>I've attached a sample showing off namespaces. It has two non-package
>routines, and one package named "nametest".
>Here's a sample session:
>testing=# select standard.process(4);
> I am in standard
>testing=# select nametest.process(4);
> I am in the package
>testing=# select nametest.docheck();
> I am in the package
>First we see that the standard.process() routine says it is in the
>"standard" package, and that the nametest.process() routine says it is in
>the package. Then we call the nametest.docheck() routine.
>It evaluates "process(changer(4));" in the context of the nametest
>package. We find the process() routine in the package, and use it.
>The changer routine is there to test how typecasting works. It verifies
>that Postgres would typecast the return of changer into a different
>integer and call the process() routine in the package rather than call the
>process() routine in standard. This behavior matches Oracle's.
>The other routines in the package show of some examples of how sql will
>parse according to the above rules.
>There is only one recomended way to use them: call a function written in
>the same PL in the package. That will cause the initialization routine to
>be run. Assuming there are no errors, the routine you call won't be
>executed until after the initialization routine finishes.
>Of course the non-recomended way is to manually call __packinit_<langname>
>directly. The problem with that is that you are depending on
>implimentation details which might change. Like exactly how the name is
>generated (which probably won't change) and the calling convention (which
>hopefully will if procedures are ever suported).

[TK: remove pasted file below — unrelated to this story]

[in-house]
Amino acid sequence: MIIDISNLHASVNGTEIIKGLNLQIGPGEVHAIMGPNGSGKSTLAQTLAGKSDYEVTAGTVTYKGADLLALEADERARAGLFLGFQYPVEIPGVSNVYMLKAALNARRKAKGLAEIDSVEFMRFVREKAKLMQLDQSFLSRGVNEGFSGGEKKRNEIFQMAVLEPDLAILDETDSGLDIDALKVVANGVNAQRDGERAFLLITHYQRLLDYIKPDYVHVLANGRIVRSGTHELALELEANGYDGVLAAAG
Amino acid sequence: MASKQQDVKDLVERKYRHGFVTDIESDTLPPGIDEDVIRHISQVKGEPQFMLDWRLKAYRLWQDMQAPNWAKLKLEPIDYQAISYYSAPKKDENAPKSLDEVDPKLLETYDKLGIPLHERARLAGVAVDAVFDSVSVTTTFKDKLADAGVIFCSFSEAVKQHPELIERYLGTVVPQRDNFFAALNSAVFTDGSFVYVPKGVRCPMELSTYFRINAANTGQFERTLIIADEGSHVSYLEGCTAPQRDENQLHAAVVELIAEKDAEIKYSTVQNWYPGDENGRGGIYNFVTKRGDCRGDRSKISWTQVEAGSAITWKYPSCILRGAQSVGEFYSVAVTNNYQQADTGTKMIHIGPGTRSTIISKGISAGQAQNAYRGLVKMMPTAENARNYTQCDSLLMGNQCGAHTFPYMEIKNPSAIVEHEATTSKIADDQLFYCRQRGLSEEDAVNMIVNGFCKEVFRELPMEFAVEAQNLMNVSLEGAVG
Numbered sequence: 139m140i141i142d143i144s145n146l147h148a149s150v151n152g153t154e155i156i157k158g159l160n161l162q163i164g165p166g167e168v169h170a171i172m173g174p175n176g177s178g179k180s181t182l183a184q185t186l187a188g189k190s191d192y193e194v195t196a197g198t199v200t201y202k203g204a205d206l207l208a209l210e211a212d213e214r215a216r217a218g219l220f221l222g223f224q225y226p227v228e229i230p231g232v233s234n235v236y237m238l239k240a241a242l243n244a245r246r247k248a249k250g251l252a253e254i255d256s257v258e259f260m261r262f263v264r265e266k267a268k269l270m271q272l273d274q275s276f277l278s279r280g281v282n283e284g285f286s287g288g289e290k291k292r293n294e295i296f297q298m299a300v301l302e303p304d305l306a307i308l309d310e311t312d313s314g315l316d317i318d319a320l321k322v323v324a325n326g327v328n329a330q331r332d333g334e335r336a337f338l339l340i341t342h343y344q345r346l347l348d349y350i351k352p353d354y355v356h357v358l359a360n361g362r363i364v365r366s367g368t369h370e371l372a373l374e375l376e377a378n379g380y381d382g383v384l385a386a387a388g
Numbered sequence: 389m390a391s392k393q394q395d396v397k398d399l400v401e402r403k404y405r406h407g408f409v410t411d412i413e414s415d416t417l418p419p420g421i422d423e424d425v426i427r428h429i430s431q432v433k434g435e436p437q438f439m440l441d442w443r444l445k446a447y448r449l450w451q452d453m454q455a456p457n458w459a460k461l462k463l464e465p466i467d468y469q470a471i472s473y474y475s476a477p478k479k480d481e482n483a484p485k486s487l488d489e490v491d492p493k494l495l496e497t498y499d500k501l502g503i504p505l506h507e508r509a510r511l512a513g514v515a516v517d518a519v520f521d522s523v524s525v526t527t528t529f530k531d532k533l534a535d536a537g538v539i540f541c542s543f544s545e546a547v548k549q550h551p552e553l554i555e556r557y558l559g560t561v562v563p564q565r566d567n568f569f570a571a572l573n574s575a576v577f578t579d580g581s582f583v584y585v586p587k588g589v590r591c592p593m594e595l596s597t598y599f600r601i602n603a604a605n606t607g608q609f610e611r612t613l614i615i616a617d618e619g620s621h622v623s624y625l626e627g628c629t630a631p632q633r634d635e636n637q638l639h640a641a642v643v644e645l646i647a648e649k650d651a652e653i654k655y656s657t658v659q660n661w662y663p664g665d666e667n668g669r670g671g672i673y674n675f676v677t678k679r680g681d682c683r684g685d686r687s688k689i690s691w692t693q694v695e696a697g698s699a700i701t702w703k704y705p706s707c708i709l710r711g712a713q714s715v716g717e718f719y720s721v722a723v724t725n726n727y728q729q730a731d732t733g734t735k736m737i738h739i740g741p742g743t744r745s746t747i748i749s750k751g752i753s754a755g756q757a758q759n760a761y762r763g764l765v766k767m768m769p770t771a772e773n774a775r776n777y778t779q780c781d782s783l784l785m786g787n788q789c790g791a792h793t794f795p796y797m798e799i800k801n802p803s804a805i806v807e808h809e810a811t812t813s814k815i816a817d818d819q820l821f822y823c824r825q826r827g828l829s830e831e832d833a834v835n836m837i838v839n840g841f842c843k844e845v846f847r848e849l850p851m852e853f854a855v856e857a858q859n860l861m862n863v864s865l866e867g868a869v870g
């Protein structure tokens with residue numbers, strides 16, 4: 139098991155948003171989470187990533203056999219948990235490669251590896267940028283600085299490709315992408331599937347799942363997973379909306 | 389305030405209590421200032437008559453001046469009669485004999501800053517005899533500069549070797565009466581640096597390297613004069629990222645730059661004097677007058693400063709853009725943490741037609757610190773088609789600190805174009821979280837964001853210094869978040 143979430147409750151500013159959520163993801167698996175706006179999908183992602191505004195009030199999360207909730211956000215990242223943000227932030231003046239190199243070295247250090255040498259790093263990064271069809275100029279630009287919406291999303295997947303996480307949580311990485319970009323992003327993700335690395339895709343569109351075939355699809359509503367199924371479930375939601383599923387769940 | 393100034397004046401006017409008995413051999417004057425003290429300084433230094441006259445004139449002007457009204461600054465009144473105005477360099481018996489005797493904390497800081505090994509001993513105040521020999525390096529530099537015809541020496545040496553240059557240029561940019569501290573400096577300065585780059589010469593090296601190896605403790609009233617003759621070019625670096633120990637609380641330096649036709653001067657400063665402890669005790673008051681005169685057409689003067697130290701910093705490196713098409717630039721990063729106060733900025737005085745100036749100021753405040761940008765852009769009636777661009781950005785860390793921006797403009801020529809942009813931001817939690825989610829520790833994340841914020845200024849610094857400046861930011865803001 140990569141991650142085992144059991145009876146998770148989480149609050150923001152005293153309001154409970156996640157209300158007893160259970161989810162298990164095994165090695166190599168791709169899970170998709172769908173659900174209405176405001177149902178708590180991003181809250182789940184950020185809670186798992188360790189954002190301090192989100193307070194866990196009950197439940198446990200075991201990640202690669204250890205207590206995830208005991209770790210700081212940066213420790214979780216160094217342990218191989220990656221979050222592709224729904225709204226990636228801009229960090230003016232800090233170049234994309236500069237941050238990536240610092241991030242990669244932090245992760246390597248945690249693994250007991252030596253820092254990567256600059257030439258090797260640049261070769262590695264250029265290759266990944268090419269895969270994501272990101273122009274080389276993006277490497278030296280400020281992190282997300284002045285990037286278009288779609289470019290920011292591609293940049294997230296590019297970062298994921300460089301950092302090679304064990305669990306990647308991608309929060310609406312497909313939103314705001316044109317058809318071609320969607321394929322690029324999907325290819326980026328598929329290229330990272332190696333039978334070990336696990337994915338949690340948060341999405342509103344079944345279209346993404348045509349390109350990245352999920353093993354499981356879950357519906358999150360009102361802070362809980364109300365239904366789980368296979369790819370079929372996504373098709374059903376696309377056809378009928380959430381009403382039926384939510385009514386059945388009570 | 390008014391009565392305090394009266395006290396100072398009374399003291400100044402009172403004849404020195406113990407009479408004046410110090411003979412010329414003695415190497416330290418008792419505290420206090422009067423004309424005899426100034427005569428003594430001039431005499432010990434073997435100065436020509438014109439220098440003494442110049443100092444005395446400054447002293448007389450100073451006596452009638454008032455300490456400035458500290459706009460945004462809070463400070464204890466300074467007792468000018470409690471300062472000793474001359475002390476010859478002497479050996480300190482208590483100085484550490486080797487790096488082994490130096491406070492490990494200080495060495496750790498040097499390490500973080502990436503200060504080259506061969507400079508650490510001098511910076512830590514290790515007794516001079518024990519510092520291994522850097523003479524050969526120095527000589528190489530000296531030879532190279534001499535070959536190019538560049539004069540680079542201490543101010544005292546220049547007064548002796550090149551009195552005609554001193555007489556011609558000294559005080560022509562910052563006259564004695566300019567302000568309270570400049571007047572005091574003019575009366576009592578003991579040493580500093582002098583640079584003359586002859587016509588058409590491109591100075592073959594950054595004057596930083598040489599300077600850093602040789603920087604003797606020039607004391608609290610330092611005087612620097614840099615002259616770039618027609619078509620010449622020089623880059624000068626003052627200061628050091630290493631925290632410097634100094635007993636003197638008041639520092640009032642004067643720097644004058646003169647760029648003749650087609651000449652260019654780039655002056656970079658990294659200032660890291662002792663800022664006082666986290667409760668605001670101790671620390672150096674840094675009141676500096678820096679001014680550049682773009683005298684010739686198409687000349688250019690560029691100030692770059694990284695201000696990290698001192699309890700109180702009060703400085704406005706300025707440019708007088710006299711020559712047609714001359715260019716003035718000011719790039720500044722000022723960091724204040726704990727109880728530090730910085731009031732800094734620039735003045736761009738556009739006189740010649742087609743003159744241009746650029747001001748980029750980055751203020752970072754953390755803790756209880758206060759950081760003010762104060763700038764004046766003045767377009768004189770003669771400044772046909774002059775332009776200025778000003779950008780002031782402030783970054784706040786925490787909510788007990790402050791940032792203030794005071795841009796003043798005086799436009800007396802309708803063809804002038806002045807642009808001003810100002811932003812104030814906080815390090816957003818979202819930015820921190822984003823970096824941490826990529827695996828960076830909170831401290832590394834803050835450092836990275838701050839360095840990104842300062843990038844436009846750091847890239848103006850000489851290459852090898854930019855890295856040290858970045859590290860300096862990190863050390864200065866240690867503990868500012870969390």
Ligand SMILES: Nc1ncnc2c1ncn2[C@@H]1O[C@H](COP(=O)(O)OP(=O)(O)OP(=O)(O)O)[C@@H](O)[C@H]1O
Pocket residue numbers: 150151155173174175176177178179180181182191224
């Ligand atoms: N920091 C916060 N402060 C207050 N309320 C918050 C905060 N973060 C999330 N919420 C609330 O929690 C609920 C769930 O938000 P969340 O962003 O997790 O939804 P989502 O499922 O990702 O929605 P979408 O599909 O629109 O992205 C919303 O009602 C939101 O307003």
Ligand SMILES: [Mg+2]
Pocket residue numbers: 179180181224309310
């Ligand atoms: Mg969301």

>Just use them. Assuming that the procedural language supports global
>variables, they just work. Note that as with Oracle, each backend will get
>its own set of variables. No effort is made to coordinate values across
>backends. But chances are you don't want to do that, and if you did, just
>make a table. :-)
>** So what is the state of the diffs?
>The diffs contain changes to last week's current (I'll cvs update before
>sending out) which add package support to the backend, plpgsql, the SPI
>interface, initdb, and pg_dump. The changes also include modifying the
>system schema to support packages (pg_package which lists packages,
>pg_packglobal which list global variables, and adding a package identifier
>to pg_aggretage, pg_operator, pg_proc and pg_type).
>The big things missing are documentation, and regression tests which
>explicitly test packages.
>Also, plpgsql is the only PL with package support. Adding package support
>doesn't make sense for the 'C' and 'internal' languages, as you can
>manually add "global" variables and initialization routines yourself. It
>also doesn't make sense for 'sql' as sql doesn't support variables. The
>other languages need to gain package support, and I'll appreciate help
>from their authors. :-)
>So I'd better wrap up here. Monday I'll send the diffs to the patches
>list, and also send a message talking about more of the details of the
>What do folks think?
>---------------------------(end of broadcast)---------------------------
>TIP 4: Don't 'kill -9' the postmaster